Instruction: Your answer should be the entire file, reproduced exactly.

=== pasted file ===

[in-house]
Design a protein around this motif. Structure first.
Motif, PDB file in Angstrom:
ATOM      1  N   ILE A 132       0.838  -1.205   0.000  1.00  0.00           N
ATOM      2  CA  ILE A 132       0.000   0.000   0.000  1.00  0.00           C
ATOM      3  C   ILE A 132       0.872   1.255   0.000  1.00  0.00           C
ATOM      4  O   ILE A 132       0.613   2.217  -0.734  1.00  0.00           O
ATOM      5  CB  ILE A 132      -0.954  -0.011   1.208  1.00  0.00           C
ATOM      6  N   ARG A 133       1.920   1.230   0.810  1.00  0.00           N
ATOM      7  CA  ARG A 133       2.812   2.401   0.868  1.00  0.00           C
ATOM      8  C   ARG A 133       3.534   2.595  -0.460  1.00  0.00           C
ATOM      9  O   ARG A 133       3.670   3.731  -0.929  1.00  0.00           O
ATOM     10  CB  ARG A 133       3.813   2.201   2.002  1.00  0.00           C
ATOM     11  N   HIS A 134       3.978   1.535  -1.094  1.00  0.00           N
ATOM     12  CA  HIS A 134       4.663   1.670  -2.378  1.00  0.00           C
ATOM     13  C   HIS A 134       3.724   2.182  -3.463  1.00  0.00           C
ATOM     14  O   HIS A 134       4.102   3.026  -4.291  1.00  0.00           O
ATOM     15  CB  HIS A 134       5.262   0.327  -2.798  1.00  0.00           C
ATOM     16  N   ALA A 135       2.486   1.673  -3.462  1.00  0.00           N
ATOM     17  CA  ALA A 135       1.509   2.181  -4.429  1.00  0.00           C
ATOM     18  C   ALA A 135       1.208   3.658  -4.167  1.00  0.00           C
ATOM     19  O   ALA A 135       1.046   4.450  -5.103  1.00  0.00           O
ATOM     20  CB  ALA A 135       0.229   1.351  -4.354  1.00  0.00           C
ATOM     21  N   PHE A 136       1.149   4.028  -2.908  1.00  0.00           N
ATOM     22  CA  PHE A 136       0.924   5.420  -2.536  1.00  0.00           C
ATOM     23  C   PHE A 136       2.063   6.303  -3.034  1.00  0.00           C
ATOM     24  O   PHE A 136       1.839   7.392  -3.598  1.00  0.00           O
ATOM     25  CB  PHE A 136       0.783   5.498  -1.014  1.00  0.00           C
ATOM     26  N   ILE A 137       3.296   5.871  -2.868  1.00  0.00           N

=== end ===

[in-house]
Design a protein around this motif. Structure first.
Motif, PDB file in Angstrom:
ATOM      1  N   ILE A 132       0.838  -1.205   0.000  1.00  0.00           N
ATOM      2  CA  ILE A 132       0.000   0.000   0.000  1.00  0.00           C
ATOM      3  C   ILE A 132       0.872   1.255   0.000  1.00  0.00           C
ATOM      4  O   ILE A 132       0.613   2.217  -0.734  1.00  0.00           O
ATOM      5  CB  ILE A 132      -0.954  -0.011   1.208  1.00  0.00           C
ATOM      6  N   ARG A 133       1.920   1.230   0.810  1.00  0.00           N
ATOM      7  CA  ARG A 133       2.812   2.401   0.868  1.00  0.00           C
ATOM      8  C   ARG A 133       3.534   2.595  -0.460  1.00  0.00           C
ATOM      9  O   ARG A 133       3.670   3.731  -0.929  1.00  0.00           O
ATOM     10  CB  ARG A 133       3.813   2.201   2.002  1.00  0.00           C
ATOM     11  N   HIS A 134       3.978   1.535  -1.094  1.00  0.00           N
ATOM     12  CA  HIS A 134       4.663   1.670  -2.378  1.00  0.00           C
ATOM     13  C   HIS A 134       3.724   2.182  -3.463  1.00  0.00           C
ATOM     14  O   HIS A 134       4.102   3.026  -4.291  1.00  0.00           O
ATOM     15  CB  HIS A 134       5.262   0.327  -2.798  1.00  0.00           C
ATOM     16  N   ALA A 135       2.486   1.673  -3.462  1.00  0.00           N
ATOM     17  CA  ALA A 135       1.509   2.181  -4.429  1.00  0.00           C
ATOM     18  C   ALA A 135       1.208   3.658  -4.167  1.00  0.00           C
ATOM     19  O   ALA A 135       1.046   4.450  -5.103  1.00  0.00           O
ATOM     20  CB  ALA A 135       0.229   1.351  -4.354  1.00  0.00           C
ATOM     21  N   PHE A 136       1.149   4.028  -2.908  1.00  0.00           N
ATOM     22  CA  PHE A 136       0.924   5.420  -2.536  1.00  0.00           C
ATOM     23  C   PHE A 136       2.063   6.303  -3.034  1.00  0.00           C
ATOM     24  O   PHE A 136       1.839   7.392  -3.598  1.00  0.00           O
ATOM     25  CB  PHE A 136       0.783   5.498  -1.014  1.00  0.00           C
ATOM     26  N   ILE A 137       3.296   5.871  -2.868  1.00  0.00           N